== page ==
By Sara Bass
Edited by Michele Carlo
Cover image: Courtesy of Georgia Clinical and Translational Science Alliance.
From her serendipitous encounter with Dr. Judith Zelikoff (known informally as Dr. Judy) during North Brooklyn Neighbors’ installment of air sensors down the block from her Bushwick home, Radio Free Brooklyn’s Lisa Levy (Dr. Lisa Gives a Sh*t) drew inspiration for a partnership between the station and NYU Grossman School’s Department of Environmental Medicine (DEM).
Dr. Judy holds an important position as mediator between many grassroots organizations in New York City and the DEM, where she combines controlled studies in epidemiology and toxicology with citizen science—all of which are conducted in the organizations’ localities themselves. She hopes these joint initiatives will both consolidate the scientific backing to assist community members in their efforts to achieve better health regulations and build capacity for citizens to independently respond to environmental contaminants. By combining civic participation with detailed measurements, these studies also provide academics the data they need to interpret the severity of environmental contaminants and best advise the community on how to respond.
The air sensor installation project, just one of Dr. Judy’s many ongoing projects, measures levels of volatile organic chemicals and construction dust in the air to inform new regulations regarding the proper disposal of construction snow and other dangerous pollutants. It is also the subject of the first episode to result from the partnership RFB’s Levy envisioned between the station and the DEM. The partnership has come to consist of near-monthly conversations between another RFB show, Objection to the Rule (OTTR)—a talk show focusing on news, interviews, and discussions about life through the Brooklyn lens—and the Department’s researchers. The discussions center on these scientists’ various studies in communities mostly spread through New York City.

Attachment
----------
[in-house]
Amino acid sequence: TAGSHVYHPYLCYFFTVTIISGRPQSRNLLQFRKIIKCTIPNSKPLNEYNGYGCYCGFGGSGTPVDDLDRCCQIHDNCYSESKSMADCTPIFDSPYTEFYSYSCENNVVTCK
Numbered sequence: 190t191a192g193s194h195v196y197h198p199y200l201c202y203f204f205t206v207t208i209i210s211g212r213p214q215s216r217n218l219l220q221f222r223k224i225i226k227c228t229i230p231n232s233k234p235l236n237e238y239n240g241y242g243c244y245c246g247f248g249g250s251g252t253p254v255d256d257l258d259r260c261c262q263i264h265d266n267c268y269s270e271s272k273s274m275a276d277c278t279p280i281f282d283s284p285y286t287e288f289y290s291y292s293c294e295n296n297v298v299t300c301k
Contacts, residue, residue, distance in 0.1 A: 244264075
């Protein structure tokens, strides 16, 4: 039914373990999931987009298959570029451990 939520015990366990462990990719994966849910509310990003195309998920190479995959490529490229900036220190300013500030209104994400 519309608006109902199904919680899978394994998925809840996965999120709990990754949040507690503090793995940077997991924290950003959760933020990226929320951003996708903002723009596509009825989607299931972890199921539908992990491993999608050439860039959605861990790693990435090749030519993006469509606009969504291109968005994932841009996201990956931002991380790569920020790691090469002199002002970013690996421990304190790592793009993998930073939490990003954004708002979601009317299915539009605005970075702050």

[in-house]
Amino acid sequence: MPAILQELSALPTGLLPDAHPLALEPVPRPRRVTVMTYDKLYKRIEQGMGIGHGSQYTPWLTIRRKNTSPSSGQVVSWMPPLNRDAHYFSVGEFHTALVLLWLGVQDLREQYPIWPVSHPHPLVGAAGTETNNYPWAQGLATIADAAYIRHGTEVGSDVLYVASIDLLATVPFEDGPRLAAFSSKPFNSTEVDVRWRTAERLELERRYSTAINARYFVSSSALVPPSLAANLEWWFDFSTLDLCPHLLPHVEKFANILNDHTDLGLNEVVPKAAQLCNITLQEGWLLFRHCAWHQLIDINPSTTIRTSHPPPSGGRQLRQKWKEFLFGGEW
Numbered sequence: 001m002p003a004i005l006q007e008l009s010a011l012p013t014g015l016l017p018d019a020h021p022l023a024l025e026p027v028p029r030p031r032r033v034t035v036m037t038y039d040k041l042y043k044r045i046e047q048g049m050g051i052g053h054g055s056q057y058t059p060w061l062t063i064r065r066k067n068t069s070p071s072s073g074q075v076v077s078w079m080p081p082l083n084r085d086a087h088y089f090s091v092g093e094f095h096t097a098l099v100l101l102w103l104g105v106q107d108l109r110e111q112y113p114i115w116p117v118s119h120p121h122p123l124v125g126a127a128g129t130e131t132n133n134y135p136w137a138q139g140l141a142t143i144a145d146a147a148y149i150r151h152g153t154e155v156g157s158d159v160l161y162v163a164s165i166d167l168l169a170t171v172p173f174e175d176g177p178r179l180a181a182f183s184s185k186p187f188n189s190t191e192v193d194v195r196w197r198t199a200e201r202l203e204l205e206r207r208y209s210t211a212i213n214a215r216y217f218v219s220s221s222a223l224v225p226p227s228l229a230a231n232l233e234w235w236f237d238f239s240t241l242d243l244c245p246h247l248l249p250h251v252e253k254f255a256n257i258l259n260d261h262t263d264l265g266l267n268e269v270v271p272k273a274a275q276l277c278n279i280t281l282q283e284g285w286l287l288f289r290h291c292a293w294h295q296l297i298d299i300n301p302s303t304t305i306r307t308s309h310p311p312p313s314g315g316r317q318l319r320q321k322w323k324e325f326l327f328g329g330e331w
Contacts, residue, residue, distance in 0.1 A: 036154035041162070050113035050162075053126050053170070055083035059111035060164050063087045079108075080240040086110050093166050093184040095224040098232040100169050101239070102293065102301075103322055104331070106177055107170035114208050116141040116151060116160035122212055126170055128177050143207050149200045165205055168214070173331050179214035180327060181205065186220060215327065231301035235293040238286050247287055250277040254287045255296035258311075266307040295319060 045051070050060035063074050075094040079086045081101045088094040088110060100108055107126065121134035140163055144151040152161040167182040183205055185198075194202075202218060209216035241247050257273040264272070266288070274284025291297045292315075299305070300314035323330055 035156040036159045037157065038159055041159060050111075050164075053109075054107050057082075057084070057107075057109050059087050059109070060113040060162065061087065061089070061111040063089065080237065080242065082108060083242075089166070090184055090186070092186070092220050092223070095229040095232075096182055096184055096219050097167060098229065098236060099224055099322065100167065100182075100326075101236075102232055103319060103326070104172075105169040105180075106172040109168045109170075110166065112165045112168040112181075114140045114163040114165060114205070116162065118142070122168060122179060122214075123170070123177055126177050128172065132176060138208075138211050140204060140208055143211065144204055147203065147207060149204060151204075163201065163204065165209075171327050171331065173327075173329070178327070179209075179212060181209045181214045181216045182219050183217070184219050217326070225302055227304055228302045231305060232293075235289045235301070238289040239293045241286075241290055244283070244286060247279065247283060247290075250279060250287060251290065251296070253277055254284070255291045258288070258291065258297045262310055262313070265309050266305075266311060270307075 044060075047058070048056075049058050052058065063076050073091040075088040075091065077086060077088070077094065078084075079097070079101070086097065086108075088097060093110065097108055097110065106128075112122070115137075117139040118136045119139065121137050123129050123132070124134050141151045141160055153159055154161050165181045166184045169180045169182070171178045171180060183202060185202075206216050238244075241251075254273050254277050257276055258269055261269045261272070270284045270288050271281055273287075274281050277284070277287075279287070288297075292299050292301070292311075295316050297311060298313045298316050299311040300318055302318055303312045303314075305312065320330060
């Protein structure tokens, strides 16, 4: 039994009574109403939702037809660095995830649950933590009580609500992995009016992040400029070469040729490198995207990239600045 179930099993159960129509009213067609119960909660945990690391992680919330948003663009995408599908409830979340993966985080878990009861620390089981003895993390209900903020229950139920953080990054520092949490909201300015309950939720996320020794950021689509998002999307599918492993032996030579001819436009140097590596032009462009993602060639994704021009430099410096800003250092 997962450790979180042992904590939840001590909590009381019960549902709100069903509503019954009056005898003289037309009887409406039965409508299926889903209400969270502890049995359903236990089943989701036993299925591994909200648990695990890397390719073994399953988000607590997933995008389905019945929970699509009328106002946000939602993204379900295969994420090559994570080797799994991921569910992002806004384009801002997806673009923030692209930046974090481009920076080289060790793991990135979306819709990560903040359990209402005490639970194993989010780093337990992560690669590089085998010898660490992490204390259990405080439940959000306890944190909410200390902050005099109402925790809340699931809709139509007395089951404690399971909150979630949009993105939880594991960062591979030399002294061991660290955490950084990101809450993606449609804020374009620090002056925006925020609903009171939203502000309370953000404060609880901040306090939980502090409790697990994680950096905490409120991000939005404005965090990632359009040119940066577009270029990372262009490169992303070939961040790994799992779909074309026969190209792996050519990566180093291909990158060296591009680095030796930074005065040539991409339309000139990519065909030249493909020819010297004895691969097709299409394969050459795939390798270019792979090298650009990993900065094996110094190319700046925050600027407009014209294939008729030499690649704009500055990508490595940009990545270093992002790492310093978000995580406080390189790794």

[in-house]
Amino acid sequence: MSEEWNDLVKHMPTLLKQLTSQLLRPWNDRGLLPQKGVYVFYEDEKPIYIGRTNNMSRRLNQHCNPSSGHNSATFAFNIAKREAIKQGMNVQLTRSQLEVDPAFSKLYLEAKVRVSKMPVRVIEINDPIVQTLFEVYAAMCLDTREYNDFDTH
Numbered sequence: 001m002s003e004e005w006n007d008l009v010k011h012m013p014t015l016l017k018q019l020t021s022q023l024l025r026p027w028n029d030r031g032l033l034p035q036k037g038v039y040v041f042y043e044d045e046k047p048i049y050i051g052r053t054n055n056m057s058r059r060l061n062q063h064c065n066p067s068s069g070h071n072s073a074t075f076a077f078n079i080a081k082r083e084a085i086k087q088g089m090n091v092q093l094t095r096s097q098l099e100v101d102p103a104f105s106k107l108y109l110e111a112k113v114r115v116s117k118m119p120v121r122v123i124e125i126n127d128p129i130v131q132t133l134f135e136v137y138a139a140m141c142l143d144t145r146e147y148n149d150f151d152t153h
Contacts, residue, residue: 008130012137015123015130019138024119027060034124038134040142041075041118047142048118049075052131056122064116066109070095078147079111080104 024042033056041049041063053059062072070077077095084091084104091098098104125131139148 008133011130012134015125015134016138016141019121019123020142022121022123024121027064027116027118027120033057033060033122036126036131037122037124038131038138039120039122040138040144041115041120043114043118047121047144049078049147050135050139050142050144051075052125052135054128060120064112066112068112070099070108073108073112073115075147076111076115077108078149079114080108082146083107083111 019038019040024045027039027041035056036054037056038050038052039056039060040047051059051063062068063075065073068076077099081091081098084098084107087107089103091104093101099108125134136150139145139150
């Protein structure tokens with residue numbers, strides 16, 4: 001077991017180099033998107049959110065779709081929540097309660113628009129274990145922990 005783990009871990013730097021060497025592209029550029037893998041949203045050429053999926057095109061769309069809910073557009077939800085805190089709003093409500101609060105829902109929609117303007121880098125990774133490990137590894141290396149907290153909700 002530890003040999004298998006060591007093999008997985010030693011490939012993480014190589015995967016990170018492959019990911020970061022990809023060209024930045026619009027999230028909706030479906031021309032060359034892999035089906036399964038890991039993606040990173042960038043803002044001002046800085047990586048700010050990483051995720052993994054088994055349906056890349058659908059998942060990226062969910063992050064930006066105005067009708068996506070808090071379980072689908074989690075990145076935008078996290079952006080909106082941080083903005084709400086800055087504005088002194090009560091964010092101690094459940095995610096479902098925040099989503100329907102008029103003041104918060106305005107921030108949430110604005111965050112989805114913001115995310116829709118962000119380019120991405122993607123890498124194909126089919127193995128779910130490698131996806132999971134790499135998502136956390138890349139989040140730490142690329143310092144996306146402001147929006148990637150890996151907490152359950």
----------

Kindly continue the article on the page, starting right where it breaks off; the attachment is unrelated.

After the first episode in OTTR’s series aired in April 2021, the show published subsequent episodes each month through October. Following that first conversation between Anthony Buissereth of North Brooklyn Neighbors and Dr. Judy, early episodes hosted Doctor of Toxicology Terry Gordon alongside PhD student David Luglio sharing their analyses of particulate matter in the NYC subway system (May 30); Section Chief of Infectious Diseases and Epidemiologist Dr. Stephanie Sterling discussing her observations as Co-Lead of NYU’s Vaccine Treatment and Evaluation Unit (June 27); and Dr. George Thurston speaking about the correlation between air pollution and health outcomes. Dr. Thurston also spoke about his roles advising the EPA on better health standards and the capacity of civic participation in redressing legislation (July 25).
On September 26, OTTR hosted Lisa Bloodgood, Director of Advocacy and Education for Newtown Creek Alliance. The organization has been one of the DEM’s partners for over a year. Together, they work to enact Newtown Creek Alliance’s primary values of restoring, revealing, and revitalizing the waterway and the communities flanking the creek or conducting the industrial work polluting the ecosystem surrounding it.